Entertainment Restaurants Bars

New on the scene: Rogers Park

At the city's northern point, Rogers Park is the end of the line for suburbia-averse Chicagoans—but don't let that stop you from visiting. This fall's addition of three new restaurants cements this eclectic neighborhood's reputation for having something for everyone.

Hamachi Sushi Bar
2801 W. Howard St. 773-293-6904
Opened: Late September

Small, minimalist and modern, this sushi bar on the neighborhood's north border has something for sushi newbies and die-hards alike. Dishes range from entry-level classics such as spicy tuna ($8) or California rolls ($6) to more complex signature maki such as the Chicago Sunset ($15.95), a triple-whammy of smoked salmon, fresh salmon and salmon roe. Head chef Tee Shakya selects ingredients not only for their flavors and textures, but also for their looks, such as the bright-blue tempura crunch topping on the Blue Man Group maki ($15.95) and fried ice cream ($6.95) for dessert. The restaurant also is certified kosher and uses faux crab and shrimp approved by the Chicago Rabbinical Council.


The Drunken Pig
5854 N. Lincoln Ave. 773-334-3225
Opened: Early October

On the neighborhood's southwest side, this bar combines the dark, swank style of a gastropub with the laid-back vibe of a neighborhood tavern—and it has a cute pink pig face on the sign to boot. Porcine inspiration shows its snout in everything from chef Johnny Park's bacon-wrapped dates ($5) and pork belly with kimchee puree ($8) to the bar's signature old fashioned, made with Four Roses bourbon and called the Old Fashioned Piggy ($8). Want to show off some of the beer pong skills you perfected up in college? After a successful Black Wednesday tournament, monthly beer pong tourneys are in the works. Luckily, the craft beers on tap from local breweries such as Revolution, Three Floyds and Two Brothers are a significant upgrade from what you likely swilled at house parties.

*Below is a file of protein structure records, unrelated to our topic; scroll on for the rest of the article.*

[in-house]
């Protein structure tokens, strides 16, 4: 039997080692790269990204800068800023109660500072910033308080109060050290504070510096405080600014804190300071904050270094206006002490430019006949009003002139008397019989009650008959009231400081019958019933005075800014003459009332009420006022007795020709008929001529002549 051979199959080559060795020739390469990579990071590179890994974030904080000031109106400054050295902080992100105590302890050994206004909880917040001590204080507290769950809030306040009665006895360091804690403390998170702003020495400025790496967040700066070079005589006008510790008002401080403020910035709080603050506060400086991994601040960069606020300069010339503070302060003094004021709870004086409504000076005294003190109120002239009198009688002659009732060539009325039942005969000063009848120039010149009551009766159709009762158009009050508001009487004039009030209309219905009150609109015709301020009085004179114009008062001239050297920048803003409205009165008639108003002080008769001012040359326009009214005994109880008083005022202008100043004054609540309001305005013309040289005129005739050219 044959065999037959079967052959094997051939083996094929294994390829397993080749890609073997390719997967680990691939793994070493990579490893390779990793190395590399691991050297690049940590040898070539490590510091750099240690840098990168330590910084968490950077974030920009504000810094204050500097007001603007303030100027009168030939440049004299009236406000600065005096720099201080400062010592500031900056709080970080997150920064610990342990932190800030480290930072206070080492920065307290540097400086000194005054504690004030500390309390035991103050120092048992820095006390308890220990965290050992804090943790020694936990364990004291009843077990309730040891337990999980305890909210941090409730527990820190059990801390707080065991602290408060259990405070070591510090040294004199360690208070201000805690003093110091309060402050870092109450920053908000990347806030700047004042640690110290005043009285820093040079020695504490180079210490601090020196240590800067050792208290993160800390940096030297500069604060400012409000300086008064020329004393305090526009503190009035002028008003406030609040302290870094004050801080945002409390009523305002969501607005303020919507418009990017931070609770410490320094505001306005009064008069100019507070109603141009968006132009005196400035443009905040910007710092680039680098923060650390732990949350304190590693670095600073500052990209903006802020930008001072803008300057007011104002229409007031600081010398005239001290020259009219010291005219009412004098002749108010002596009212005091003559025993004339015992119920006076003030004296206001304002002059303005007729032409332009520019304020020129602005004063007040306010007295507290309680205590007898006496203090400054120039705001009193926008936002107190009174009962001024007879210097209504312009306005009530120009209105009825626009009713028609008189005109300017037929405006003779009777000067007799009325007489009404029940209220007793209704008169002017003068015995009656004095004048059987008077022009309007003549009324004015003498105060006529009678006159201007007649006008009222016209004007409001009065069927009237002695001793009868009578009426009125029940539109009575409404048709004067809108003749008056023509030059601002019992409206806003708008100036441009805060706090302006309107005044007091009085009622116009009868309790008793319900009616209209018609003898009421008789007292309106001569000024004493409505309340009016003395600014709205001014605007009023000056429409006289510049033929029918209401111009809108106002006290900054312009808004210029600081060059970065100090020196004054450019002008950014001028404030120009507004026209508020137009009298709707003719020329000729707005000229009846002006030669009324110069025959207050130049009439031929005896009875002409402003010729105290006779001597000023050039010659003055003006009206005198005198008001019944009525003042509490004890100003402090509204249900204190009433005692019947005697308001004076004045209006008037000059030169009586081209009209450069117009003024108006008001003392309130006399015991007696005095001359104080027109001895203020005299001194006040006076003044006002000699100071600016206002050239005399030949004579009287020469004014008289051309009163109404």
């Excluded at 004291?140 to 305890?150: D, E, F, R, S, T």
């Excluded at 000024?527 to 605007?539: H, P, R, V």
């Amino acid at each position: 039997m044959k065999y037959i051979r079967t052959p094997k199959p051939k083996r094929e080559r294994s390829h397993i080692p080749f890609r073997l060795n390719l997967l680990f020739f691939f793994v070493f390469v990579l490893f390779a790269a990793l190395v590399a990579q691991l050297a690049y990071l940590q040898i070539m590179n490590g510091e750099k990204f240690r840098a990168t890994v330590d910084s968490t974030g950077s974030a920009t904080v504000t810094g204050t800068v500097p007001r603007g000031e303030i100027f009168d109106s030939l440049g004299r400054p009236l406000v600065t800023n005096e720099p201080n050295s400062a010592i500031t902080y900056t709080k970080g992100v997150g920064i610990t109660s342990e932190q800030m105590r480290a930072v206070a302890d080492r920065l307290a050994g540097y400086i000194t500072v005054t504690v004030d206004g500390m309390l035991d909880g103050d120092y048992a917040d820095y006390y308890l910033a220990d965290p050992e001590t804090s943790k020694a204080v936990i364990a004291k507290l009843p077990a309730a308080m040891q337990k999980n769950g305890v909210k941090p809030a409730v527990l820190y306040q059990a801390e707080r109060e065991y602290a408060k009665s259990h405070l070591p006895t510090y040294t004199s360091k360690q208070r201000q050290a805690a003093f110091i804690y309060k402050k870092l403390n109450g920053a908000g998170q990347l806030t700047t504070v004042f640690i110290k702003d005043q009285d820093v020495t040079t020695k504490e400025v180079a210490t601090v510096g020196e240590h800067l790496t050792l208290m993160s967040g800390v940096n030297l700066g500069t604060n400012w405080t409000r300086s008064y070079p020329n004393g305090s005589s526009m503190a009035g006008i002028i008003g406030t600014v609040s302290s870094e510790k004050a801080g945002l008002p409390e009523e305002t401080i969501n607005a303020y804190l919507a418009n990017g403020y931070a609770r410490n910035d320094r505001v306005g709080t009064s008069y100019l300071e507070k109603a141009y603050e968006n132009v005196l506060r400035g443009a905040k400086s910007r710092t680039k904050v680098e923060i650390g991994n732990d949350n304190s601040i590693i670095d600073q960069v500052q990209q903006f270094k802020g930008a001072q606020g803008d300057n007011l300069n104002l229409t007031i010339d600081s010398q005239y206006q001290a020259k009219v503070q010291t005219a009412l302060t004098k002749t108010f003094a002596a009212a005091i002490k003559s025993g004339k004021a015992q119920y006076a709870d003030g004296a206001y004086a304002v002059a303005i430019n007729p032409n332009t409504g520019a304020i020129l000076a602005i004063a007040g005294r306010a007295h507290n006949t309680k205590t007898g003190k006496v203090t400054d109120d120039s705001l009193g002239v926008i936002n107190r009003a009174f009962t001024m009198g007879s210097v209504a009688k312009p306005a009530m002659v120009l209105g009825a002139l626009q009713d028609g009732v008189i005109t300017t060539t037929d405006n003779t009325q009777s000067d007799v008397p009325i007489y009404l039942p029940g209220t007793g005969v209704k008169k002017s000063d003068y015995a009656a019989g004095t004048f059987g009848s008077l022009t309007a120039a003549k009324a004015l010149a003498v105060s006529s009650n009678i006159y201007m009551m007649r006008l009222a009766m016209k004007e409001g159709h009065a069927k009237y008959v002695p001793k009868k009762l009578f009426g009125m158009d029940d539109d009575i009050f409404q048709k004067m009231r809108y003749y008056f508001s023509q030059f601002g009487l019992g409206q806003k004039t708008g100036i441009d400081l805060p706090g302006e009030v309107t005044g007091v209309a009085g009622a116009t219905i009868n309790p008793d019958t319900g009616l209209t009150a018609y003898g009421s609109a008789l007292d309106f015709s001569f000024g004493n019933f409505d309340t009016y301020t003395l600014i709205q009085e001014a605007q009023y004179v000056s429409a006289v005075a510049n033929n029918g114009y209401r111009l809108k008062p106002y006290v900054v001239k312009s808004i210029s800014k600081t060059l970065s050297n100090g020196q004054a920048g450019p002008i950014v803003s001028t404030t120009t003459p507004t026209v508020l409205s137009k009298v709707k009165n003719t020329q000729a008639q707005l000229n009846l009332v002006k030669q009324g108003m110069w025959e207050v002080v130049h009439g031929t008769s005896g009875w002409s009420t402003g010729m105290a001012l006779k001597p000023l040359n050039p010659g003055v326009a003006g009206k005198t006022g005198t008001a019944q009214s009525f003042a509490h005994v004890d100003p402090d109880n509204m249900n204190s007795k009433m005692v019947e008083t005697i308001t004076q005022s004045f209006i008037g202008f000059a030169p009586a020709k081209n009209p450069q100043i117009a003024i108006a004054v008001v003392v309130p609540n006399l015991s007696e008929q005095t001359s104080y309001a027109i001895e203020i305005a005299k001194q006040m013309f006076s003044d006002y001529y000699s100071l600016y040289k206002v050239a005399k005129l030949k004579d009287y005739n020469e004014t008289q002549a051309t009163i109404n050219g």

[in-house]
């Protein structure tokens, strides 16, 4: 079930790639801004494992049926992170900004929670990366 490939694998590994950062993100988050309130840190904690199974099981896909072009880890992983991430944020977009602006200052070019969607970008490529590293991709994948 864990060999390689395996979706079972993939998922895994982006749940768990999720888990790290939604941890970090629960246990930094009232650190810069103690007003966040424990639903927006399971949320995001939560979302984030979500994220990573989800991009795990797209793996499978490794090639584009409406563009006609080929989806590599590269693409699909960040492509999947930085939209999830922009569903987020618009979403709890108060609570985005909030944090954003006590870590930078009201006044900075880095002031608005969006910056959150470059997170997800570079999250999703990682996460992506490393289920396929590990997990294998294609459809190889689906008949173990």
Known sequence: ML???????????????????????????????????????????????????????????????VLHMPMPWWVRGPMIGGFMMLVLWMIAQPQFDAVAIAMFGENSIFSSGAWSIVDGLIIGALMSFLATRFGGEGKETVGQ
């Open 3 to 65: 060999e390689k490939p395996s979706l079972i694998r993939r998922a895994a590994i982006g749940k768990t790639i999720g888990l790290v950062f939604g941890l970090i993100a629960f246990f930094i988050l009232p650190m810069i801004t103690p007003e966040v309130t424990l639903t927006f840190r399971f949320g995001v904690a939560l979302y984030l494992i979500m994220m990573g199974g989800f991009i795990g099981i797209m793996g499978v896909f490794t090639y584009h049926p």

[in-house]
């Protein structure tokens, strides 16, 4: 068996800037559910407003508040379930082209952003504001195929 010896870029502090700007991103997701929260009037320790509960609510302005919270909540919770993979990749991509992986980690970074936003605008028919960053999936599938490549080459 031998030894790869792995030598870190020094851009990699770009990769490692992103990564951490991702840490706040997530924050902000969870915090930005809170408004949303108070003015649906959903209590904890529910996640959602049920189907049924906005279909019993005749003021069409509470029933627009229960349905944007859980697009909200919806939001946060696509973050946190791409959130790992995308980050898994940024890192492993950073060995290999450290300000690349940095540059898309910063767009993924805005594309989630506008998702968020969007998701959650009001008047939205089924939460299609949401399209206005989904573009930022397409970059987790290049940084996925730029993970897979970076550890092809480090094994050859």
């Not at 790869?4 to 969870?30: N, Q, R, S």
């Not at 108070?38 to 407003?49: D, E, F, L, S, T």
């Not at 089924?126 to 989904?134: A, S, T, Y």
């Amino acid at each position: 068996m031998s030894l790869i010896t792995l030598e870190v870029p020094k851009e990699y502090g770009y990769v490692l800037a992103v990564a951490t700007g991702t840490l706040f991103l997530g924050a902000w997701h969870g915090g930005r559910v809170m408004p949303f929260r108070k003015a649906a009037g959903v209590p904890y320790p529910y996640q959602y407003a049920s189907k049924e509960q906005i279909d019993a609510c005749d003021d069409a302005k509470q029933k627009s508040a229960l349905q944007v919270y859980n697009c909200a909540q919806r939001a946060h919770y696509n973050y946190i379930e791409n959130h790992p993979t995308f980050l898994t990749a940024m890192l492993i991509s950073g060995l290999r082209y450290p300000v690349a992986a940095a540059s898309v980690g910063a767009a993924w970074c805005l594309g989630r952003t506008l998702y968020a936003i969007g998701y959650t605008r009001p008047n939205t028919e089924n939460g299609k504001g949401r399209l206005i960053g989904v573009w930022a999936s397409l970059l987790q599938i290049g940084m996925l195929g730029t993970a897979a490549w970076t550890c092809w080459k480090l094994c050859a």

Morsel
1406 W. Morse Ave. 773-274-0700
Opened: Late October

With big windows in front and a location just few steps from the Red Line Morse station from which it takes its name, Morsel makes a great perch for people-watching in the heart of Rogers Park. Owners Colm Treacy and Mary Anne Culleton know a thing or two about serving the North Side; together they own T's in Andersonville, and Treacy also owns nearby LGBT bars Sidecar and The Glenwood. While the latter two hangouts are booze-only, Morsel is a restaurant—a spacious one at that, with a loft-like look, burgundy tufted banquettes and plenty of tables for groups. Dinner choices range from chili-spiced short ribs ($16) to roasted pork belly with scallops ($17), and live music and a late-night menu are set to debut soon on Thursday and Friday nights from 11 p.m. to 1 a.m. On the weekends, brunch beckons with morning cocktails ($6-$7) such as pineapple mimosas (called "pimosas) and Guinness bloody marys, plus sustenance in the form of biscuits with veggie sausage gravy ($9) and eggs scrambled with prosciutto and goat cheese ($9).

Additional reporting by Lisa Arnett. lmarnett@tribune.com | @redeyeeats

Copyright © 2015, RedEye
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